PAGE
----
We can make it clear that money is not speech, and that Congress and the States have the right to regulate spending in elections. We can make it clear that corporations are not people, and have no constitutional rights to finance elections or to overrule democratic legislation and regulations. We need to restore the rights of Congress and the States to regulate spending on elections, and the only way to do that, short of a new Court, is through a constitutional amendment.
A constitutional amendment requires the support of 2/3 of Congress and ratification by ¾ of the states. A daunting task no doubt, but nonetheless a legitimate and effective process that has succeeded 27 times in the past.
What other strategies can generate the large-scale transformative and non-violent change we need? Will we transform global corporate capitalism one worker co-op at a time? Will we limit carbon emissions by organizing resistance to each new gold mine and fossil fuel extraction site? Will we build a new energy infrastructure while waiting for markets to favorably price renewable energy? We must deploy all of these, and more, strategies for change, but reclaiming democracy should be a shared priority for everyone dedicated to an economy that supports people and the planet.
The movement to pass a 28th amendment to reverse Buckley Valeo and Citizens United has made huge strides since it was started on the day of the ruling in 2010. Polls show 70-90% of Americans across the political spectrum support an amendment. Amendment resolutions have already passed in 16 states and more than 600 cities and towns, with New Hampshire, New York and Washington in the wings.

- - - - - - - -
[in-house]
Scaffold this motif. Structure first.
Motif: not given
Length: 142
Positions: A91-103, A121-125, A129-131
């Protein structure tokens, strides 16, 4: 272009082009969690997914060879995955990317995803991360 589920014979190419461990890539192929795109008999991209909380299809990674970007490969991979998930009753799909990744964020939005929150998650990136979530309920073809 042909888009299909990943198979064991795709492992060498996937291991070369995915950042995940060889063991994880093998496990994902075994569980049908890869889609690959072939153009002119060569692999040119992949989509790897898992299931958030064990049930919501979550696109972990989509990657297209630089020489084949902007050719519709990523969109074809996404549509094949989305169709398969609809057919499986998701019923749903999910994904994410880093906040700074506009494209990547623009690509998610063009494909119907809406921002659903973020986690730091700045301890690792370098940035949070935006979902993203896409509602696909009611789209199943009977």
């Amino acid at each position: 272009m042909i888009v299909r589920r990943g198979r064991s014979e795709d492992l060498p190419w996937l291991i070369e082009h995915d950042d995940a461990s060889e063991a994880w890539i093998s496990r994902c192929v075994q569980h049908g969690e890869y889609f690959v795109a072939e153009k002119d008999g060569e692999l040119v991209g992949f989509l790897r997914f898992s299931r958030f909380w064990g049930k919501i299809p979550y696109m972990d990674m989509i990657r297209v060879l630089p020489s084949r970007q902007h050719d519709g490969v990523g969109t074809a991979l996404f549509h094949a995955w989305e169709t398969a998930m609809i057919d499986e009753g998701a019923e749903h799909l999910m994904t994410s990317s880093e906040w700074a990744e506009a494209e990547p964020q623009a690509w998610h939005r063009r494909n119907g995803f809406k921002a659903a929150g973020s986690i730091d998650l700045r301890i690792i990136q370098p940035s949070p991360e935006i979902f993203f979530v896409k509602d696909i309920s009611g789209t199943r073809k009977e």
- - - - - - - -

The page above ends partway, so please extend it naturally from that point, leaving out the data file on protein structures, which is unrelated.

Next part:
In 2014 the US Senate voted, 54 – 42 for the Democracy For All Amendment, which sought to overturn Buckley v Valeo. Even more importantly, in 2012, a coalition led by Greenpeace, the Sierra Club, the Communication Workers of America and the NAACP (in other words, big greens, labor, and national racial justice organizations) created the Democracy Initiative, an effort to jointly advocate for critical fixes to our democracy, including an amendment.
The movement for reform is strong and winning, powered by a handful of organizations and grassroots leaders on a shoestring budget. A week ago voters in Maine and Seattle resoundingly approved ballot measures aimed at minimizing the influence of big donors and empowering the voices of ordinary citizens in the political process.
Maine will now increase matching funds for qualifying small-donation candidates, increase fines for campaign finance violators, and require groups to disclose some donors on political ads. Seattle is now poised to be the first city in the country to use democracy vouchers, empowering all citizens to contribute to political candidates.
Imagine if we were able to invest even half the resources of say, the marriage equality campaign, on this game changing effort? The Roadmap for Organizing, a white paper written by Public Citizen, Common Cause, Free Speech For People and People for the American Way, estimated that the Amendment could pass within 15 years with a budget of $50 million dollars. Yes, that is a lot of money, and yes, that seems like a long time, but what are our chances of large-scale non-violent transformation if the oligarchy continues unchallenged?
The urgent demands for racial justice and the perils of our planet must not go unheeded. If you are serious about large-scale change, I hope you will join the struggle to reclaim our democracy.
Martin Gilens and Benjamin I. Page (2014). Testing Theories of American Politics: Elites, Interest Groups, and Average Citizens. Perspectives on Politics, 12, pp 564-581. doi:10.1017/S1537592714001595.
Piketty, Thomas, and Arthur Goldhammer. Capital in the Twenty-first Century.
Sarah Stranahan has more than 20 years of experience in mission related investing, community organizing, and social change philanthropy. She is a founding board member of The New Economy Coalition and serves as its treasurer.